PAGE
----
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Harris, if no, calendar, okay, or calendar.

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calf lamb doll, summer Buddha, okay. So you find a person like this, you also find a Lucas of Egypt, the ruler of Egypt, he sent a physician for the Prophet sallallahu Sallam and what the sources imply is that he was sending a physician to care for just to care for the Prophet peace be upon him. Okay, a physician just to take care of the Prophet peace be upon him. All right, the prophets lie some instead turned around and commissioned him to treat all of the people of Medina free of charge.

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So free health care existed in Medina, through this position that was sent by animal caucus of Egypt as a gift

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To the Prophet sallallahu alayhi wa sallam, you also find a woman by the name of Ruth Bader and islamiya Ruth Bader eslami How many of you have heard that name? roofie that islamiya Oh yeah, we found someone hamdulillah one person heard of her name. There are actually scholarships that are named after her and and the Muslim world at least in some of the universities.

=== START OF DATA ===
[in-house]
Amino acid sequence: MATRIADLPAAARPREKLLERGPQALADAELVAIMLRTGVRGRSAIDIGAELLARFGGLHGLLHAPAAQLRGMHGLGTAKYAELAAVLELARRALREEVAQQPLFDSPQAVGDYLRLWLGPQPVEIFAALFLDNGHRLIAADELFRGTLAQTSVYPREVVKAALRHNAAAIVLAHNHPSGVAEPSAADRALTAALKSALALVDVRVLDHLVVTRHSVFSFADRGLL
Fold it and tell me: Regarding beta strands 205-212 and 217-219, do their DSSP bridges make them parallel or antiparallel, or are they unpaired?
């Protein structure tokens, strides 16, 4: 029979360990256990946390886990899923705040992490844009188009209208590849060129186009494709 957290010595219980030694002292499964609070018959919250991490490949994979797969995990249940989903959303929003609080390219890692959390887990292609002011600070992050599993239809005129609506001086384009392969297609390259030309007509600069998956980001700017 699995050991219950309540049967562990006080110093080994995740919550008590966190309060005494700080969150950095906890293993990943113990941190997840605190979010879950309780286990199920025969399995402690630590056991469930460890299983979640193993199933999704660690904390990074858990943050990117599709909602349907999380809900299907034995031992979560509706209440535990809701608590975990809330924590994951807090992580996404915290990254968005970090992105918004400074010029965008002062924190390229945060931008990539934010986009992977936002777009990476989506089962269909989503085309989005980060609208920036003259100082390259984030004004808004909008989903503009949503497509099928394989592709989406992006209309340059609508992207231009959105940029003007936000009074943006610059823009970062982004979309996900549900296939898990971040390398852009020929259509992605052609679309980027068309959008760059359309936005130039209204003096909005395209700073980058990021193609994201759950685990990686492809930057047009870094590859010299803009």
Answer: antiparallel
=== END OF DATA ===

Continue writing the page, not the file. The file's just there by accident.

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This is this was a woman that the prophets of Allah Harney was seldom appointed. She was a nurse to tend to the wounded. If you go to the sub massage of the seven mosques and Medina, the masses of Sandman and theodicy is where she she tended to the wounded of a herd the prophets lie Selim appointed for her share of the spoils of war. And basically he set up camps so field medics or military paramedics right were appointed in the masjid. So she had a tent in the masjid. So you think about the messages free clinic concept. The prophets I send them had that concept in Medina. And the woman that was in charge of that was rafidah and islamiya are the Allahu taala. And so this

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not only covered healthcare costs, but the the medical training and the schooling right so you know, this this was this is a profound example that we find from the prophets lie some of the Prophet peace be upon him used to praise this woman. So what did I say her name was